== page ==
Pediatric minor head trauma: do cranial CT scans change the therapeutic approach?

Pediatric minor head trauma: do cranial CT scans change the therapeutic approach?

Author Andrade, Felipe P. Google Scholar
Montoro Neto, Roberto Google Scholar
Oliveira, Renan Google Scholar
Loures, Gabriela Google Scholar
Flessak, Luana Google Scholar
Gross, Roberta Google Scholar
Donnabella, Camille Google Scholar
Puchnick, Andrea Autor UNIFESP Google Scholar
Suzuki, Lisa Google Scholar
Regacini, Rodrigo Google Scholar
Abstract OBJECTIVES: 1) To verify clinical signs correlated with appropriate cranial computed tomography scan indications and changes in the therapeutic approach in pediatric minor head trauma scenarios. 2) To estimate the radiation exposure of computed tomography scans with low dose protocols in the context of trauma and the additional associated risk. METHODS: Investigators reviewed the medical records of all children with minor head trauma, which was defined as a Glasgow coma scale >= 13 at the time of admission to the emergency room, who underwent computed tomography scans during the years of 2013 and 2014. A change in the therapeutic approach was defined as a neurosurgical intervention performed within 30 days, hospitalization, > 12 hours of observation, or neuro-specialist evaluation. RESULTS: Of the 1006 children evaluated, 101 showed some abnormality on head computed tomography scans, including 49 who were hospitalized, 16 who remained under observation and 36 who were dismissed. No patient underwent neurosurgery. No statistically significant relationship was observed between patient age, time between trauma and admission, or signs/symptoms related to trauma and abnormal imaging results. A statistically significant relationship between abnormal image results and a fall higher than 1.0 meter was observed (p=0.044). The mean effective dose was 2.0 mSv (0.1 to 6.8 mSv), corresponding to an estimated additional cancer risk of 0.05%. CONCLUSION: A computed tomography scan after minor head injury in pediatric patients did not show clinically relevant abnormalities that could lead to neurosurgical indications. Patients who fell more than 1.0 m were more likely to have changes in imaging tests, although these changes did not require neurosurgical intervention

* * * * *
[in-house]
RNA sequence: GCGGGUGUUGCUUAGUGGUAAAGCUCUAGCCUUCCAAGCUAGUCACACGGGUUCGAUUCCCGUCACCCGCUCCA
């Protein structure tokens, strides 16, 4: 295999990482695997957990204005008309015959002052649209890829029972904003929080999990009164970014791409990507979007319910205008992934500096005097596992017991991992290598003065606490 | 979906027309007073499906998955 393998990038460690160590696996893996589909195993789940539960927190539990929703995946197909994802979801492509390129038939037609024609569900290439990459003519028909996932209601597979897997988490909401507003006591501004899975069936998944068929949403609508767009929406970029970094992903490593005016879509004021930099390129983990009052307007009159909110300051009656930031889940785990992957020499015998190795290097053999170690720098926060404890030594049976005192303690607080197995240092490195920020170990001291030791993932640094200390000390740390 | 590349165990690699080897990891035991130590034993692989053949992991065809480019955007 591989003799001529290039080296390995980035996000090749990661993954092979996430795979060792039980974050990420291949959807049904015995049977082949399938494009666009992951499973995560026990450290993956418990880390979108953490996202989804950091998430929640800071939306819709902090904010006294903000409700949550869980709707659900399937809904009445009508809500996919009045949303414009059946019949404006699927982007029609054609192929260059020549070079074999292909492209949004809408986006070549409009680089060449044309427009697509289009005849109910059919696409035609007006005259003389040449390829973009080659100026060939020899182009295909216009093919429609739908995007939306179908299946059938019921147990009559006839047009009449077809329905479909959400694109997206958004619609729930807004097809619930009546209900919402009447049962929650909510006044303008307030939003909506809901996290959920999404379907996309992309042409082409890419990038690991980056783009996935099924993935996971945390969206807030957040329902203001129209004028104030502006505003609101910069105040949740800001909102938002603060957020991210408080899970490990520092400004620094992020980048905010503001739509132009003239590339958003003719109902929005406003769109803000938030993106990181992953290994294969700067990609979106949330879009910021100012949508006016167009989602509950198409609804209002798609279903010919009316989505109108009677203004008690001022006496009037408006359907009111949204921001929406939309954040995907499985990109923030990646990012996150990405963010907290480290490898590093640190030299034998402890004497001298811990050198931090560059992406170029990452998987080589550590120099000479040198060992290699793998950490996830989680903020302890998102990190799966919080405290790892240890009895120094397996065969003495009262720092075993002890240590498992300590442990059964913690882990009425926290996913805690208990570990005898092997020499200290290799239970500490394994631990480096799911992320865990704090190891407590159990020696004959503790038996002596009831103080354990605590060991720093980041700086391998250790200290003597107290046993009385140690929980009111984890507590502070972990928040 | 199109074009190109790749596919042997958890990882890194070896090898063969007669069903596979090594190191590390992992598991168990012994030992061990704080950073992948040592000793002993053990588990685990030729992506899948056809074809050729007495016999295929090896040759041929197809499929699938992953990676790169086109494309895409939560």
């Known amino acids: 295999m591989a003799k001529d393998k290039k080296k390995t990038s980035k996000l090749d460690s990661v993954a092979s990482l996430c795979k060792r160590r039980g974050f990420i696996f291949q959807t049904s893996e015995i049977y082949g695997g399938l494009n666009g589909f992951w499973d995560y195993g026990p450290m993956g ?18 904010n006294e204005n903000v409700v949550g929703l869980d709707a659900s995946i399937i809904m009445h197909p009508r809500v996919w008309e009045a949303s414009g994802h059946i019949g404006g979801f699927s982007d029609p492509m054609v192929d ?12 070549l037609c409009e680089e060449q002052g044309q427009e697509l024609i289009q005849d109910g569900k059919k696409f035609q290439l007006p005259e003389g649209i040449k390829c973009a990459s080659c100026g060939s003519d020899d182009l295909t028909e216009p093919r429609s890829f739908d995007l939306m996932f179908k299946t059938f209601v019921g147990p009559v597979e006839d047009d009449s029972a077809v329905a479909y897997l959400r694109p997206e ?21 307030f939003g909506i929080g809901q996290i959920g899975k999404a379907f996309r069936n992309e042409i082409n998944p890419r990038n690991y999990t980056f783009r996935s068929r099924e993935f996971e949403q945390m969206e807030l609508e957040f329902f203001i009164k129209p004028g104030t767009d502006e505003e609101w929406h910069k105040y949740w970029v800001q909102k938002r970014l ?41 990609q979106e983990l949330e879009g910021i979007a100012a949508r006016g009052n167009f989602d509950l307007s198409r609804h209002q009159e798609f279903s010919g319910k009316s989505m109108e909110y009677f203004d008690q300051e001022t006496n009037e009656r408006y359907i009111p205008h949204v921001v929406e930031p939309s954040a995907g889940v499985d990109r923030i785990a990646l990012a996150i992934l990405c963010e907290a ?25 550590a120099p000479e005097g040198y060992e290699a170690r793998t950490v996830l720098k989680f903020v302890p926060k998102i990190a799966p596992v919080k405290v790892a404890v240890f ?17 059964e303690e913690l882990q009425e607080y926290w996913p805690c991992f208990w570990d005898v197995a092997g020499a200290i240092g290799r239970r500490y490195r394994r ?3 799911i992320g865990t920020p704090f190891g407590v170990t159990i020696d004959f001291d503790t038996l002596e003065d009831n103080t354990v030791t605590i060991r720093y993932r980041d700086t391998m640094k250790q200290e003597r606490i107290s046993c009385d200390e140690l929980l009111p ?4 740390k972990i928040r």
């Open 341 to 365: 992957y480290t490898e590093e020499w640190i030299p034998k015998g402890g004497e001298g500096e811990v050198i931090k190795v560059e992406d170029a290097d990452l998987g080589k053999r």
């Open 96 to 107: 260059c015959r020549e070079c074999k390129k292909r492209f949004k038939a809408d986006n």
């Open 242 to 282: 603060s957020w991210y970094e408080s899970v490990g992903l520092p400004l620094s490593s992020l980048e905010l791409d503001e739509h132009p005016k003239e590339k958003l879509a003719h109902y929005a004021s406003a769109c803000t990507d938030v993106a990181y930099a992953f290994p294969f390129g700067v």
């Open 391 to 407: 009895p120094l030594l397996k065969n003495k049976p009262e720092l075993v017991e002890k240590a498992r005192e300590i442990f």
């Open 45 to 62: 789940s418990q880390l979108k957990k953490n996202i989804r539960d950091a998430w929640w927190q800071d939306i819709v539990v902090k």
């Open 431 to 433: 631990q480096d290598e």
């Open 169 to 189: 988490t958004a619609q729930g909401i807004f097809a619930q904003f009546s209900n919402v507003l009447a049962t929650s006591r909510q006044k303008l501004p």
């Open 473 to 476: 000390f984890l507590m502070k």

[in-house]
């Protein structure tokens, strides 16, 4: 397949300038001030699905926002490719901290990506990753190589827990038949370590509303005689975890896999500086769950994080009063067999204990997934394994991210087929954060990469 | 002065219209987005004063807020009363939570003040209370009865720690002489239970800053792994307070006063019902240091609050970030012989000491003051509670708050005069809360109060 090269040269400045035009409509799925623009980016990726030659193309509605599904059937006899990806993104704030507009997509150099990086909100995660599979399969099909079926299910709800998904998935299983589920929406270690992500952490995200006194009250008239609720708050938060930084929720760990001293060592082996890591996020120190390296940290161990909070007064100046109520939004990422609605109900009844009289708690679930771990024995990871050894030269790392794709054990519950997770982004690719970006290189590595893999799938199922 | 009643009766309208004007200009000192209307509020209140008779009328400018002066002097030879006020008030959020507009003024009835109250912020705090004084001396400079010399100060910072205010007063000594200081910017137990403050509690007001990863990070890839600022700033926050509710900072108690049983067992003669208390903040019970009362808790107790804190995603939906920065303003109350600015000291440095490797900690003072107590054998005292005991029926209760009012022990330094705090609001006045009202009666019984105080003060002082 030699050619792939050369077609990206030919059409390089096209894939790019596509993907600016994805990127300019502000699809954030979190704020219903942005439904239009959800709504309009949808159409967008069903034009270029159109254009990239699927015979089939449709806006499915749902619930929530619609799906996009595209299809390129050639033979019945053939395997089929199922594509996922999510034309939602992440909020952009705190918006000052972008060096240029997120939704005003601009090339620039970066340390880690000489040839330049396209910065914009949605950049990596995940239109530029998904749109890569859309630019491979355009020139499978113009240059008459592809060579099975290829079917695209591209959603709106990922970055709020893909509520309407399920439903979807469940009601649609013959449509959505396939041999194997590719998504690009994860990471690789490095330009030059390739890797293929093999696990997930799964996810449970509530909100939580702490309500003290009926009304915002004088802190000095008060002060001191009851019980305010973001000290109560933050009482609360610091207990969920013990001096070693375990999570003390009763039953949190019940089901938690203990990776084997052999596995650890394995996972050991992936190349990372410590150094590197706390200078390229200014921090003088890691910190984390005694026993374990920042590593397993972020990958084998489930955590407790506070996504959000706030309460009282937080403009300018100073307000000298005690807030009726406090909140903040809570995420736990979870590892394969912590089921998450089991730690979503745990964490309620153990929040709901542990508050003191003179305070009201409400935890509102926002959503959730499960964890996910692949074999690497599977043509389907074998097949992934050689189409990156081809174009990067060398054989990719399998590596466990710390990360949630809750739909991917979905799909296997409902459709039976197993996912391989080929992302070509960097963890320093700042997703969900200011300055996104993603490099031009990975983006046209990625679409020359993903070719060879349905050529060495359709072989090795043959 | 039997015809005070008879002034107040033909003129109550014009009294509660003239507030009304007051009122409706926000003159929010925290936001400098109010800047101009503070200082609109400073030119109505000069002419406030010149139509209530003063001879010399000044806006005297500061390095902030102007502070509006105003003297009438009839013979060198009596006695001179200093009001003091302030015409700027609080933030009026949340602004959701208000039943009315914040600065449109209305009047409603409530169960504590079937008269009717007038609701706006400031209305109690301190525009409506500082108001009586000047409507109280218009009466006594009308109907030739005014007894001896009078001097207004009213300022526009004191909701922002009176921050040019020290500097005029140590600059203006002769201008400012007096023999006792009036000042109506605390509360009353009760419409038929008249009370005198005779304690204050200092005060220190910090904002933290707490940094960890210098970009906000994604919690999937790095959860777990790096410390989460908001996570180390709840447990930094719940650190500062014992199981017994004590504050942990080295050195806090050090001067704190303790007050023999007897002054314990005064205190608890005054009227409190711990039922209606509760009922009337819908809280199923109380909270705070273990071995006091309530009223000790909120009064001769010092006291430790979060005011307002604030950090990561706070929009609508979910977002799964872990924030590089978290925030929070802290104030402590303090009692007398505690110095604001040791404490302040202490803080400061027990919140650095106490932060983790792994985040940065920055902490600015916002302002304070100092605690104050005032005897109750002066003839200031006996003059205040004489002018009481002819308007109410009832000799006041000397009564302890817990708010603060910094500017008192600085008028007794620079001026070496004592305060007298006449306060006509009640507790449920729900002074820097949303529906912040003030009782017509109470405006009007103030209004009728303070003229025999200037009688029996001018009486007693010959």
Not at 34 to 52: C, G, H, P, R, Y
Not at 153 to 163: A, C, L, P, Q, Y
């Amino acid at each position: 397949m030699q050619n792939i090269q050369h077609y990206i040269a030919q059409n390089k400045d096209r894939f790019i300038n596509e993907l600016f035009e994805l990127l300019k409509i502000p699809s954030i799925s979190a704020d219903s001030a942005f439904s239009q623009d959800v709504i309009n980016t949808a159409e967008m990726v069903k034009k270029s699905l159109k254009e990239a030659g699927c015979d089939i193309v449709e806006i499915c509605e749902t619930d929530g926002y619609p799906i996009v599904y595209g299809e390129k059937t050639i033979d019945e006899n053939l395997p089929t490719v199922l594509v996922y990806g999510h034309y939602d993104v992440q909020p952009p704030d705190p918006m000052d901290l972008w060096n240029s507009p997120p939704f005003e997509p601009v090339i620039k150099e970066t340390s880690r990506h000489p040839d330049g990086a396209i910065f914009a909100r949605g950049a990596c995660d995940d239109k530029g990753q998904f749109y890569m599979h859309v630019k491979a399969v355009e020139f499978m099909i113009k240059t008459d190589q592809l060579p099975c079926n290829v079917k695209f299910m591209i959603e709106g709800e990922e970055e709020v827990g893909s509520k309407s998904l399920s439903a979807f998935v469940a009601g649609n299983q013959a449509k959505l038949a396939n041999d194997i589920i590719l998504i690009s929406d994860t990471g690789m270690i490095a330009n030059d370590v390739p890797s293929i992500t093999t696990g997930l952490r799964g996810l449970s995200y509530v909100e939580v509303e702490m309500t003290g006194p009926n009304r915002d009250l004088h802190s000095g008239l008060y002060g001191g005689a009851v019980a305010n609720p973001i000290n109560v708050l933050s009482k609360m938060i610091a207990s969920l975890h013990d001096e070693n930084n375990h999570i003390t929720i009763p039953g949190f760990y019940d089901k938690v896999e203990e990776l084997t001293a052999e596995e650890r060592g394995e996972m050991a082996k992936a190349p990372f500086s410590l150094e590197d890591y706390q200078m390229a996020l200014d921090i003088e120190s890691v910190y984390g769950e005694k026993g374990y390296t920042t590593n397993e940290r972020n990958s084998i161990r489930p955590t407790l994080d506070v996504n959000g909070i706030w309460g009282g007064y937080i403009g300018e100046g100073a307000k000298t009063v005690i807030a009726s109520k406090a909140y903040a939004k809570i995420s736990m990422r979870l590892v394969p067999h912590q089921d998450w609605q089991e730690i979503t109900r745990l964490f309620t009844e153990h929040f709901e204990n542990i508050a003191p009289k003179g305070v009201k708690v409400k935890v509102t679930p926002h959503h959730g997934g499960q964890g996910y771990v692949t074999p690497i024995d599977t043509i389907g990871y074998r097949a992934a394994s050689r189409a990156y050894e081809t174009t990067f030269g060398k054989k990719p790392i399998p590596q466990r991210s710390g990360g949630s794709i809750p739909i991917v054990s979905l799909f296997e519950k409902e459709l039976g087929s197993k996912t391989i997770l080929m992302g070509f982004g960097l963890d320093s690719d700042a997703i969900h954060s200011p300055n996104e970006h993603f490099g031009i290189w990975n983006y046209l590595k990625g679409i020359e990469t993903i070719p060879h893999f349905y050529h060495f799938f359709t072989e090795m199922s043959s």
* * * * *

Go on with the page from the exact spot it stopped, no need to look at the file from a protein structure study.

therefore, the use of computed tomography scans may be questioned in this group. The results support the trend of more careful indications for cranial computed tomography scans for children with minor head trauma.
Keywords Computed Tomography
Minor head trauma
CT Scan
xmlui.dri2xhtml.METS-1.0.item-coverage Sao Paulo
Language English
Date 2016
Published in Clinics. Sao Paulo, v. 71, n. 10, p. 606-610, 2016.
ISSN 1807-5932 (Sherpa/Romeo, impact factor)
Publisher Hospital Clinicas, Univ Sao Paulo
Extent 606-610
Access rights Open access Open Access
Type Article
Web of Science ID WOS:000386579200009
SciELO ID S1807-59322016001000606 (statistics in SciELO)

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